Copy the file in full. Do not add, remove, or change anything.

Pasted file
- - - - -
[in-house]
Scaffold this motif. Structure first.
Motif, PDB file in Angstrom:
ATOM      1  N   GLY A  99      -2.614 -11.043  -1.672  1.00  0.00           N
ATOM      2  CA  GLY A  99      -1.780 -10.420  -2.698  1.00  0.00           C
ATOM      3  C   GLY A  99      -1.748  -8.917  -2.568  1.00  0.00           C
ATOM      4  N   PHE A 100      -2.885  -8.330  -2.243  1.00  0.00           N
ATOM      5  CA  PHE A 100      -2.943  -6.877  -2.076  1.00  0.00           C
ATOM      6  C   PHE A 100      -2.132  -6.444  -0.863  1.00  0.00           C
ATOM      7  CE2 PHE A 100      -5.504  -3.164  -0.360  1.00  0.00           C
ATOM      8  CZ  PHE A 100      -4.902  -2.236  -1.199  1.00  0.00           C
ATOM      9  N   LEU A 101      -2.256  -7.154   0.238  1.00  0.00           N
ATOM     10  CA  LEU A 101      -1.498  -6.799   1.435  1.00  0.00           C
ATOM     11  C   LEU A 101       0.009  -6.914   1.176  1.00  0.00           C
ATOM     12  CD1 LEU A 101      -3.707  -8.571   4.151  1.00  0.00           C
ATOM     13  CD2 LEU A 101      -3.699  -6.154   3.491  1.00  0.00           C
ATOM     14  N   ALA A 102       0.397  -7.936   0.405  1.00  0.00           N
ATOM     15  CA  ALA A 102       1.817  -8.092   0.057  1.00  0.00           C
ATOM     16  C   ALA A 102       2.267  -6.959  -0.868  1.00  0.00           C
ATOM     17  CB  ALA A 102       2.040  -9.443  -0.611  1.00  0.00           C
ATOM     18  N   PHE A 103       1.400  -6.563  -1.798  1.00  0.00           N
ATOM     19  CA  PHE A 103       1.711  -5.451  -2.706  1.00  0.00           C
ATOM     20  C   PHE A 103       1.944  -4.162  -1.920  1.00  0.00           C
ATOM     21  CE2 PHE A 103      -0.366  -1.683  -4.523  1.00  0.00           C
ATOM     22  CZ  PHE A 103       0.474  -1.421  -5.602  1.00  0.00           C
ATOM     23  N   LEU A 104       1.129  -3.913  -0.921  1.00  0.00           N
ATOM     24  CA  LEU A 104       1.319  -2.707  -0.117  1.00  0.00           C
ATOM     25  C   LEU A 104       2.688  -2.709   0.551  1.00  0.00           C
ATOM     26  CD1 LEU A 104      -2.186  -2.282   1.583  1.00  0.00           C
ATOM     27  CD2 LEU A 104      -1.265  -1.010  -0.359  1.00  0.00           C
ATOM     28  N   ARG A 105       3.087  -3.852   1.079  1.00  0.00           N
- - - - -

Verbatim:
[in-house]
Scaffold this motif. Structure first.
Motif, PDB file in Angstrom:
ATOM      1  N   GLY A  99      -2.614 -11.043  -1.672  1.00  0.00           N
ATOM      2  CA  GLY A  99      -1.780 -10.420  -2.698  1.00  0.00           C
ATOM      3  C   GLY A  99      -1.748  -8.917  -2.568  1.00  0.00           C
ATOM      4  N   PHE A 100      -2.885  -8.330  -2.243  1.00  0.00           N
ATOM      5  CA  PHE A 100      -2.943  -6.877  -2.076  1.00  0.00           C
ATOM      6  C   PHE A 100      -2.132  -6.444  -0.863  1.00  0.00           C
ATOM      7  CE2 PHE A 100      -5.504  -3.164  -0.360  1.00  0.00           C
ATOM      8  CZ  PHE A 100      -4.902  -2.236  -1.199  1.00  0.00           C
ATOM      9  N   LEU A 101      -2.256  -7.154   0.238  1.00  0.00           N
ATOM     10  CA  LEU A 101      -1.498  -6.799   1.435  1.00  0.00           C
ATOM     11  C   LEU A 101       0.009  -6.914   1.176  1.00  0.00           C
ATOM     12  CD1 LEU A 101      -3.707  -8.571   4.151  1.00  0.00           C
ATOM     13  CD2 LEU A 101      -3.699  -6.154   3.491  1.00  0.00           C
ATOM     14  N   ALA A 102       0.397  -7.936   0.405  1.00  0.00           N
ATOM     15  CA  ALA A 102       1.817  -8.092   0.057  1.00  0.00           C
ATOM     16  C   ALA A 102       2.267  -6.959  -0.868  1.00  0.00           C
ATOM     17  CB  ALA A 102       2.040  -9.443  -0.611  1.00  0.00           C
ATOM     18  N   PHE A 103       1.400  -6.563  -1.798  1.00  0.00           N
ATOM     19  CA  PHE A 103       1.711  -5.451  -2.706  1.00  0.00           C
ATOM     20  C   PHE A 103       1.944  -4.162  -1.920  1.00  0.00           C
ATOM     21  CE2 PHE A 103      -0.366  -1.683  -4.523  1.00  0.00           C
ATOM     22  CZ  PHE A 103       0.474  -1.421  -5.602  1.00  0.00           C
ATOM     23  N   LEU A 104       1.129  -3.913  -0.921  1.00  0.00           N
ATOM     24  CA  LEU A 104       1.319  -2.707  -0.117  1.00  0.00           C
ATOM     25  C   LEU A 104       2.688  -2.709   0.551  1.00  0.00           C
ATOM     26  CD1 LEU A 104      -2.186  -2.282   1.583  1.00  0.00           C
ATOM     27  CD2 LEU A 104      -1.265  -1.010  -0.359  1.00  0.00           C
ATOM     28  N   ARG A 105       3.087  -3.852   1.079  1.00  0.00           N